Golf course architect James Braid, who designed Wivenhoe House’s partner golf course at Colchester Golf Club, is one of Scotland’s most famous golfing sons, but has more in common with Essex than you might think.
One of the Great Triumvirate, including JH Taylor and Harry Vardon, Braid won the Open five times, a record equalled by the legendary Tom Watson, and only beaten by Harry Vardon. Braid’s 1906 win at Muirfield earned him £50 – the 2017 winner at Royal Birkdale will take home £1,175,000.
Born in Fife in 1870, his pursuit of golfing glory and his talent as a carpenter, led him to a job at the Army and Navy department store in London where he made golf clubs. He was then recruited by Romford Golf Club in South Essex in 1896 as their Professional where he stayed until 1903.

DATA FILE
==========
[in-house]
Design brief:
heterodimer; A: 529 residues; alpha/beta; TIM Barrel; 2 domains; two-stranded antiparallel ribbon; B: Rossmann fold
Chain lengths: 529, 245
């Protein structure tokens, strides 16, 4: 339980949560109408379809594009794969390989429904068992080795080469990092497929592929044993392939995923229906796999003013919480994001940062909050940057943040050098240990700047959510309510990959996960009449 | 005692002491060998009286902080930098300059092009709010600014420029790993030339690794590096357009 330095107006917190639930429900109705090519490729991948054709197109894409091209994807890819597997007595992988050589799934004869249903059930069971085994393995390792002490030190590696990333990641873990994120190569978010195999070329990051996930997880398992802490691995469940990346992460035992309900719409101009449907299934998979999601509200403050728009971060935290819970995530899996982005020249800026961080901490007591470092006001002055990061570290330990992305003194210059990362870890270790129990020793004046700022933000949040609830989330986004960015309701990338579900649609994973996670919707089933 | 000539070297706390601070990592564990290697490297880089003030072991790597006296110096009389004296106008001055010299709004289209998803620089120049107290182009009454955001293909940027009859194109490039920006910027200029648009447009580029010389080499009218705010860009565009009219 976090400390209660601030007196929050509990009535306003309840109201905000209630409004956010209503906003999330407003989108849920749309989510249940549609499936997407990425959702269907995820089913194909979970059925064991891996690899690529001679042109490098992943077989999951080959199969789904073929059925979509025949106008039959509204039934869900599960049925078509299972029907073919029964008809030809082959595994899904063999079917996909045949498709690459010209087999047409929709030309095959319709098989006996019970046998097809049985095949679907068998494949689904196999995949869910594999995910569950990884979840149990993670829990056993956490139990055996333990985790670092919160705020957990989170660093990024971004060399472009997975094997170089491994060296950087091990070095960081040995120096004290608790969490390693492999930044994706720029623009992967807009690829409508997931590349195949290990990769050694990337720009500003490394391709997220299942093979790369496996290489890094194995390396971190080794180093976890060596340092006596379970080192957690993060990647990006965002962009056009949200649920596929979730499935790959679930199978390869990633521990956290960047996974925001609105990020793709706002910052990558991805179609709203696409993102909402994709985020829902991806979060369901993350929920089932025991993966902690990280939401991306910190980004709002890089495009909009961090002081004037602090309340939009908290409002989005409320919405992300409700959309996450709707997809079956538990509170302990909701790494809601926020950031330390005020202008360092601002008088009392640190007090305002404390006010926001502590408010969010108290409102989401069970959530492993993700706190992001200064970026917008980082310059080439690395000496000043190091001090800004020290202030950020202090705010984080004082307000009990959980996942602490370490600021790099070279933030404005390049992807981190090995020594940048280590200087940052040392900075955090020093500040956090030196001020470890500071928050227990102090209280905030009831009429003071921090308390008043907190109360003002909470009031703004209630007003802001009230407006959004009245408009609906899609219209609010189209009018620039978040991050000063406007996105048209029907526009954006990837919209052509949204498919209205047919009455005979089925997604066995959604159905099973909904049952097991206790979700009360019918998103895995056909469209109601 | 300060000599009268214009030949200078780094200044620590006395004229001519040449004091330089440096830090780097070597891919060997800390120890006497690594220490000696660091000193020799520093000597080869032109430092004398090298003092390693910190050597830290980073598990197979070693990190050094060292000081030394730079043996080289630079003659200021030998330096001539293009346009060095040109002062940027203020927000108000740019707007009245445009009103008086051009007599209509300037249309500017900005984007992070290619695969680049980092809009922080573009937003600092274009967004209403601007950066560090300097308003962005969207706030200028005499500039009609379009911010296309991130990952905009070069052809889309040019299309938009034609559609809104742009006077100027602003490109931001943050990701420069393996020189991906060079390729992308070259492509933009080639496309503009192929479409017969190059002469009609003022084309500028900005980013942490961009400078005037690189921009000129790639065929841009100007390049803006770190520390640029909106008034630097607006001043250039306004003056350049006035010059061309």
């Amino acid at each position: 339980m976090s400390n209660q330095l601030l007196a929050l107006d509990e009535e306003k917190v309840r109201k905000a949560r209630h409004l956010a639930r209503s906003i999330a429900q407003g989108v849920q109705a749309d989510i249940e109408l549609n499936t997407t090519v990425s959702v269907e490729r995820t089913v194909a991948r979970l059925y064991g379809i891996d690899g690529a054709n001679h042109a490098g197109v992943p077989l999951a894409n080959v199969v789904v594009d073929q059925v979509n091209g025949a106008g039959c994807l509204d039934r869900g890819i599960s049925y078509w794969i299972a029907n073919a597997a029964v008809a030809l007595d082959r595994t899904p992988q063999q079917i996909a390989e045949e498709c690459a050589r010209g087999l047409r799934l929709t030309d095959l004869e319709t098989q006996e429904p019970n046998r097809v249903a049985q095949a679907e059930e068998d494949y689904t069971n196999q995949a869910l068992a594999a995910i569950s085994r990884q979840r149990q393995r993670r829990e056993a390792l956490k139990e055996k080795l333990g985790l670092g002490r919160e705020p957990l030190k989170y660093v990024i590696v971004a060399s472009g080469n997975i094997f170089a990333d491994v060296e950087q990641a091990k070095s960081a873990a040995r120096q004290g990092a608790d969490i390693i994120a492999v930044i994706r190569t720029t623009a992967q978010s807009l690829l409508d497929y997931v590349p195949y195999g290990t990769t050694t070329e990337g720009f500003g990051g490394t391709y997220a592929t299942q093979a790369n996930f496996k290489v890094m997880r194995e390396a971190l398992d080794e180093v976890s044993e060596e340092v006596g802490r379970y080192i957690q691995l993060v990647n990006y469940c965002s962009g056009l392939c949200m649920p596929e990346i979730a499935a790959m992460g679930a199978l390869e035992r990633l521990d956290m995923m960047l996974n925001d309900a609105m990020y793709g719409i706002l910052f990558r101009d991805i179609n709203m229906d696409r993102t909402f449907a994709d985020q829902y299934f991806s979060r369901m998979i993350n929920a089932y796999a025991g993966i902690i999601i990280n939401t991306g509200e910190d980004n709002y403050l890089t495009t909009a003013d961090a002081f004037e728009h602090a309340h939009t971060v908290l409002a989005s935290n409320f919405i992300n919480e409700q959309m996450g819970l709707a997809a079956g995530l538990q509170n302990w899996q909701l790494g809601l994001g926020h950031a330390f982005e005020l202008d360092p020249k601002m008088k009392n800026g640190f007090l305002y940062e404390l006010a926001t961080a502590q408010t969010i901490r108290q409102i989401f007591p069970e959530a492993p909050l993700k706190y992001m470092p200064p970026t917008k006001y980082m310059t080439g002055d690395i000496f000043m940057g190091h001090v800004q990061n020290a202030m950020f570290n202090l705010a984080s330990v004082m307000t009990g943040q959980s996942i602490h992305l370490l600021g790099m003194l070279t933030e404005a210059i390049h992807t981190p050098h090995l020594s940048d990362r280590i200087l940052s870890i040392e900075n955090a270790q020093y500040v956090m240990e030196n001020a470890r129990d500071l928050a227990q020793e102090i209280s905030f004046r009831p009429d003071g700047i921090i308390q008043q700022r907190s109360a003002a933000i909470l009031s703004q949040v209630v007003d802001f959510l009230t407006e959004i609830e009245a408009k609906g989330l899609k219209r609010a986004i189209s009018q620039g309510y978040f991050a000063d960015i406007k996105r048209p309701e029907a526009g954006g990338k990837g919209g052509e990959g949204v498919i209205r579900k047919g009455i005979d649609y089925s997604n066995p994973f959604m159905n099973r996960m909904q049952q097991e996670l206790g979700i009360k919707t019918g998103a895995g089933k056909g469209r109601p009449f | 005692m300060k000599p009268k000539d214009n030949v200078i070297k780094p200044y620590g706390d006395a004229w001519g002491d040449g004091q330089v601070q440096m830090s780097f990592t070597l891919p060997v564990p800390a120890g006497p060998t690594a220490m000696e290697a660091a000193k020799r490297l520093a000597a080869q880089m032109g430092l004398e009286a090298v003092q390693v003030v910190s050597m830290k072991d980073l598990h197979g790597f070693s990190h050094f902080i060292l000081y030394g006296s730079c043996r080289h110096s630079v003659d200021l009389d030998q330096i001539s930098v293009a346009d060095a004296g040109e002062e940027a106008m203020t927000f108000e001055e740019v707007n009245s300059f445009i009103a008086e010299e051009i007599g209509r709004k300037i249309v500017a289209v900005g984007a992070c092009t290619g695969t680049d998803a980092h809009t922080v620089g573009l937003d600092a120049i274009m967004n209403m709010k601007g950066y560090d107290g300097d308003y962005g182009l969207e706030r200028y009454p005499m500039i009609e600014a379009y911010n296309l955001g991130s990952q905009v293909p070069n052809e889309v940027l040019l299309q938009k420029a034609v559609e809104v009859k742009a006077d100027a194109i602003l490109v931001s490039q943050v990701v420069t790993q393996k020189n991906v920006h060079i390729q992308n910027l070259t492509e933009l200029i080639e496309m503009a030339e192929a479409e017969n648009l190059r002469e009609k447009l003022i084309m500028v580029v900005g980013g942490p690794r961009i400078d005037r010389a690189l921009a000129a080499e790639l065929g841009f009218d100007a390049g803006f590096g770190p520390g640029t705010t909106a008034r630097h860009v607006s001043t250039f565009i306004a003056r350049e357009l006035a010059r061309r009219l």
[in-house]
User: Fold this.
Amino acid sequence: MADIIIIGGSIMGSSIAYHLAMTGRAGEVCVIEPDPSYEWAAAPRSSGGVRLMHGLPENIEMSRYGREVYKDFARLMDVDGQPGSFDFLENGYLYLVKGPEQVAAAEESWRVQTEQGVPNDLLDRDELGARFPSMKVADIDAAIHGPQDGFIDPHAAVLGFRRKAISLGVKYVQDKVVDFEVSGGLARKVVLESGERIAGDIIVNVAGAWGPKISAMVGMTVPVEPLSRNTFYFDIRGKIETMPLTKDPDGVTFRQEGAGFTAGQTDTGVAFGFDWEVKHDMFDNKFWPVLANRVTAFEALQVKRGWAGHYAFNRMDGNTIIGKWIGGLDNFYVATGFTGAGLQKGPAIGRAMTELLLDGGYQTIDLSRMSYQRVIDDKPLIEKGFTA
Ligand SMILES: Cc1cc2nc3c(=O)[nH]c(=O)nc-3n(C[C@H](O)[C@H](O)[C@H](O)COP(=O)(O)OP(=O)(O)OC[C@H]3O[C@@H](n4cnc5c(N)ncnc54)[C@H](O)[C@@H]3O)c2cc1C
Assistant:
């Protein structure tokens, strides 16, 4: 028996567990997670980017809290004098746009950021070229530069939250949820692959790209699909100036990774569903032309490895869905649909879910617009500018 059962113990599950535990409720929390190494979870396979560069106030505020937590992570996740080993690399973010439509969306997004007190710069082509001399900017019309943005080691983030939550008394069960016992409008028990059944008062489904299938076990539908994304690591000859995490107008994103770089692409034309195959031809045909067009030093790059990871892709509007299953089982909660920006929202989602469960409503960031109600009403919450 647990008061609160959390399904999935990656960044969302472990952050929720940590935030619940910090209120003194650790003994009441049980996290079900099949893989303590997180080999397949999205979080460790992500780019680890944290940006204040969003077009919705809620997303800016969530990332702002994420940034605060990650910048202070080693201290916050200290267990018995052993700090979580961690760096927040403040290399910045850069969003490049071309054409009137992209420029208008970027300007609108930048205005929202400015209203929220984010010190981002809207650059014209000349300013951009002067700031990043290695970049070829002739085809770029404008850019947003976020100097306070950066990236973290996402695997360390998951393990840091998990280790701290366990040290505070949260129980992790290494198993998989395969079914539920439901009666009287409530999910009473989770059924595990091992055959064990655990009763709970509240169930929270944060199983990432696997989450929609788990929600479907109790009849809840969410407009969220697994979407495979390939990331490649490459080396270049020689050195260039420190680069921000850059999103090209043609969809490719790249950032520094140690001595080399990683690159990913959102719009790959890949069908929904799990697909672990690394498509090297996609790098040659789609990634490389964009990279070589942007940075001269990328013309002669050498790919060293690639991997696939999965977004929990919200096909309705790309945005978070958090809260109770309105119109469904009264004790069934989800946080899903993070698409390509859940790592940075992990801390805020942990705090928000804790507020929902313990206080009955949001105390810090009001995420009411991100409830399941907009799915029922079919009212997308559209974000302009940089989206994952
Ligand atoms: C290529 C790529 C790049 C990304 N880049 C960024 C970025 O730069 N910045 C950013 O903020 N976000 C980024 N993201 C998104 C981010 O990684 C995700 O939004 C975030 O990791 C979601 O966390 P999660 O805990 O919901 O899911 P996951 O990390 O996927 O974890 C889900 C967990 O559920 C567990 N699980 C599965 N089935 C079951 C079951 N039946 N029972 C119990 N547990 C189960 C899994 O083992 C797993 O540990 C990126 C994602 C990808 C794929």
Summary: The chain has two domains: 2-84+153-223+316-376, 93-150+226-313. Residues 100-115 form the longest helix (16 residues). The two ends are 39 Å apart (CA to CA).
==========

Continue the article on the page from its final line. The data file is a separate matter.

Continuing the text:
His vast experience of tournament play and his keen eye and understanding of design and construction set the standard for golf club design. He is credited with inventing the dogleg, which might not win him favour in some golfers’ eyes!
He designed Colchester’s course in 1907 and also worked on Boyce Hill, Benfleet, Theydon Bois at Epping, Clacton-on-Sea Golf Club and The Rochford Hundred, near Southend-on-Sea. They are all very different courses in varied settings within the county of Essex, showing his consummate skill as a course designer.
All is all he was involved with the design of around 400 courses, only one of which is the United States, which he did by remote as he had an intense dislike of travel. One has to wonder if he would have featured on the list of the best golfers of all time, if he had been happy to voyage around the golfing globe.